“Don’t sweat the small stuff” is the advice from Deloitte tax director Julia Fox.
Where do you call home?
I live in Gateshead with my husband, two teenagers, two cats, a dog and a budgie.
I’m originally from Sunderland – I lived there until I was 21 before taking myself off to London for two years after university ended. When I came back, I started work in Newcastle and living in Gateshead was more convenient for commuting so that’s where we settled (but I will always be a Mackem at heart).
Tell us about your role?
I’m a tax director at Deloitte, a multinational professional services organisation. I am based in the North East and primarily work from our Newcastle office. In terms of qualifications, I am a chartered accountant and a chartered tax advisor. I’ve worked at Deloitte since finishing university.
Most of my time is spent helping people to change the shape of their businesses where things are not working properly – this can include buying and selling businesses, combinations, demergers or simplifying structures. I provide the tax advice that is needed to support these major changes.
The best thing about my job is that I get to meet and help lots of different people from different backgrounds and I learn something new every day.
How did you get to where you are today?
Mine has not been a straightforward path. I never set out to work in tax – I wanted to be a doctor at first. That didn’t work out for me, and I’ve had a couple of changes in course along the way.
I was the first person in my family to go to university. Whilst my family were very supportive it was quite the experience for us all. When I finished my course, I wasn’t sure what I was going to do – I did think about teaching for a while but ultimately ended up moving to London and joining an accountancy firm – not really appreciating what the business did and the breadth of things that I could do.
After a trying out a few different areas of the accountancy business I settled on a move to tax a few years ago and I’ve been here ever since.
What struggles or obstacles did you face along the way?
Sometimes it was quite difficult to believe in myself and it took a long time for me to build confidence in my abilities and relax enough with my clients for them to get to know the real me.
All of these struggles were internal to me – and were for me to deal with, with the support and guidance of others. Throughout my career my employer has supported me fully and I’ve been lucky enough to have some really strong role models and managers who believed in me, let me find me feet and consistently challenged me to do more and develop myself.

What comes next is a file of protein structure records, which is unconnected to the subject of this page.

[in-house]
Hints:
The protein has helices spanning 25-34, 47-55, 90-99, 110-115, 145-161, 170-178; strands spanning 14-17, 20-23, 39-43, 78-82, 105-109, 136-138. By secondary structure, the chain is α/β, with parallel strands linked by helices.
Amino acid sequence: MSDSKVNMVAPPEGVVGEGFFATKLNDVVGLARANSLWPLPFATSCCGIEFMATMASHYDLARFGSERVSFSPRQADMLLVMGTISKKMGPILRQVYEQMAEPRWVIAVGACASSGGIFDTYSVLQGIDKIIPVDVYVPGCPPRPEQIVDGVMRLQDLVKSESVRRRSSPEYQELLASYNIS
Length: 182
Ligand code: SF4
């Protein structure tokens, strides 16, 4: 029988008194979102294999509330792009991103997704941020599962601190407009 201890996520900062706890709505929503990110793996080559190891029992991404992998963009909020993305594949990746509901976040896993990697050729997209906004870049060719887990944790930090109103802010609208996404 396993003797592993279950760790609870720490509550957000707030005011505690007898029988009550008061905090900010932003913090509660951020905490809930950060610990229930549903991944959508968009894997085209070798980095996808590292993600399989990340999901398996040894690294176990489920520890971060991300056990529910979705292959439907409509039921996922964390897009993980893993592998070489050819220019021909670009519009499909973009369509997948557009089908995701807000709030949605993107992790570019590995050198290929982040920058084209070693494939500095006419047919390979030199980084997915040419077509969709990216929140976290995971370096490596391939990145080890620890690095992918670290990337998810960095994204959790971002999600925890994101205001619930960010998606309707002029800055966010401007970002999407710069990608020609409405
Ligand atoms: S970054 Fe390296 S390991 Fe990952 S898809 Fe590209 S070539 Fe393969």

It’s also been really important to have my family around me – their love and support has been invaluable (and they’ve never failed to keep me grounded)!
Describe the moment you first got a feel for success?
I think it’s more about a sense of achievement rather than a feel for success.
The first time was I think when a client gave me the following feedback:
“I would just like to express my gratitude to you for the support given by you to me over the last 18 months. Above all was your honesty and availability. Seldom do I come across people with the values that you have, your guidance and then your tenacity to drill down into the detail has made what was a difficult situation manageable. Winston Churchill once said “if you’re going through hell keep going”, and that is true however all the better for having someone by your side during the journey”
I was obviously delighted with this, and it really brought home to me that having my clients feel that I was on their side, going the extra mile and feeling like a valued part of their team was what I wanted to do and I’ve tried to bring that feeling to all of my business relationships ever since.
Do you have any advice for aspiring young females?
It’s important to start out with a plan as to where you want to be in life – otherwise you’d never actually get started. However, be flexible and if things don’t work out the way you want them to don’t be afraid to change course if you need to – life is short!
What advice would you give to your younger self?
Don’t sweat the small stuff – accept that you’ll get where you’re meant to be and look back every now and again and be amazed by just how far you’ve come and what you’ve achieved. Don’t beat yourself up for the small setbacks you’ll inevitably have along the way – you learn from them, and they do make you stronger (I appreciate that sounds really clichéd but it is true).
What three words inspire you and encourage a positive path?
Authentic, contribute, positive.
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